Within this list of gatekeepers, I mentioned streaming platforms, which, of the main actors in the music industry, are the one’s which I believe should warrant a higher level of scrutiny. Compared to other actors in this industry, they have an impact on the vast majority of musicians. Almost all artists opt into having their music on streaming platforms (exact numbers would be hard to find, but of the musicians I know, all but one group have their music on streaming platforms), whereas other actors, even major labels, only deal with a smaller portion of musicians. On the other end of the spectrum, the vast majority of music listeners use a streaming platform to access their music, be it YouTube Music, Spotify or Apple Play. Accordingly, how music is consumed has changed, from listening to album on vinyl – which granted, has made some sort of comeback, but still is a rather niche phenomenon – to human and algorithmically curated playlist listening on streaming platforms.

Specifically the market leader, Spotify, which as of Q2 2021 held over 30% of the market share (Forde, 2022). As a company that primarily qualifies itself as a technology company, their impact on how people listen to music and which artists get promoted by their services justifies a deeper look into the inner workings of their company and the platform that they provide to listeners and artists.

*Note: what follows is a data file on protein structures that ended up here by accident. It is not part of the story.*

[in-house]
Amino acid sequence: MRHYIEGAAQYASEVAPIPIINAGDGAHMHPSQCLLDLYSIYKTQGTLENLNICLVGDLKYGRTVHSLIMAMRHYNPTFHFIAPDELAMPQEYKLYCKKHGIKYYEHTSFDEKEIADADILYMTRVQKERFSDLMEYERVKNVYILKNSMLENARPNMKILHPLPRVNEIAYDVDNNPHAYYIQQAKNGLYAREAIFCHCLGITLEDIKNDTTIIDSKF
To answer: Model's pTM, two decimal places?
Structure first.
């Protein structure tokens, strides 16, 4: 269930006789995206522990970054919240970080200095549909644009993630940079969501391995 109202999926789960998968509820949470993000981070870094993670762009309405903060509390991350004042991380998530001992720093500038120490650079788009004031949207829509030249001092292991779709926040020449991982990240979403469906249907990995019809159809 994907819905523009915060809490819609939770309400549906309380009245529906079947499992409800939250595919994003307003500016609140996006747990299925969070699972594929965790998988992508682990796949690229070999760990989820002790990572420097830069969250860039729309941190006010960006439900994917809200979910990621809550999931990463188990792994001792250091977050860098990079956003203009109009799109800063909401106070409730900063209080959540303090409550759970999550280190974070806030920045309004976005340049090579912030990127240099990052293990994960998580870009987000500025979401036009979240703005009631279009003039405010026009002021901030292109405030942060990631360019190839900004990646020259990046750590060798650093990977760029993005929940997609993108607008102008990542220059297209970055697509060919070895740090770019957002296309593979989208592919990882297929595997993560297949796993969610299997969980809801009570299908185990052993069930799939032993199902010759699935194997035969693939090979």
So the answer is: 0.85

Research into AI technology

My inquiry into Spotify will be focusing on the systems of recommendations that Spotify has put into place for their users. The focus on recommender systems comes from my own experience with Spotify’s platform – which features many playlists and functionalities that draw from the power of recommender systems to sift through millions of songs in order to propose the most fitting music – which I myself use to a very high degree whenever I listen to music (especially Discover Weekly). I can imagine that I am not alone in this, and many other people rely on algorithmically curated playlist to deliver them tailored playlist that they will most likely enjoy.

Executives at Spotify know this and have therefore invested lots of resources into developing algorithms that can better cater to the tastes of individual users, using cutting-edge research into AI topics such as Machine Learning, Recommender Systems and User Modelling. The thinking seems to be that algorithms can do the job of radio hosts and tastemakers better, and with less risk of collusions and bias. 

However, these technologies do not come without their own share of problems, specifically when it comes to bias. A quick search on for the terms ‘machine learning bias’ since 2022 returns a total of 37.200 results. For ‘recommender system bias’ and ‘user modelling bias’, the total is 17.300 and 17.200 respectively.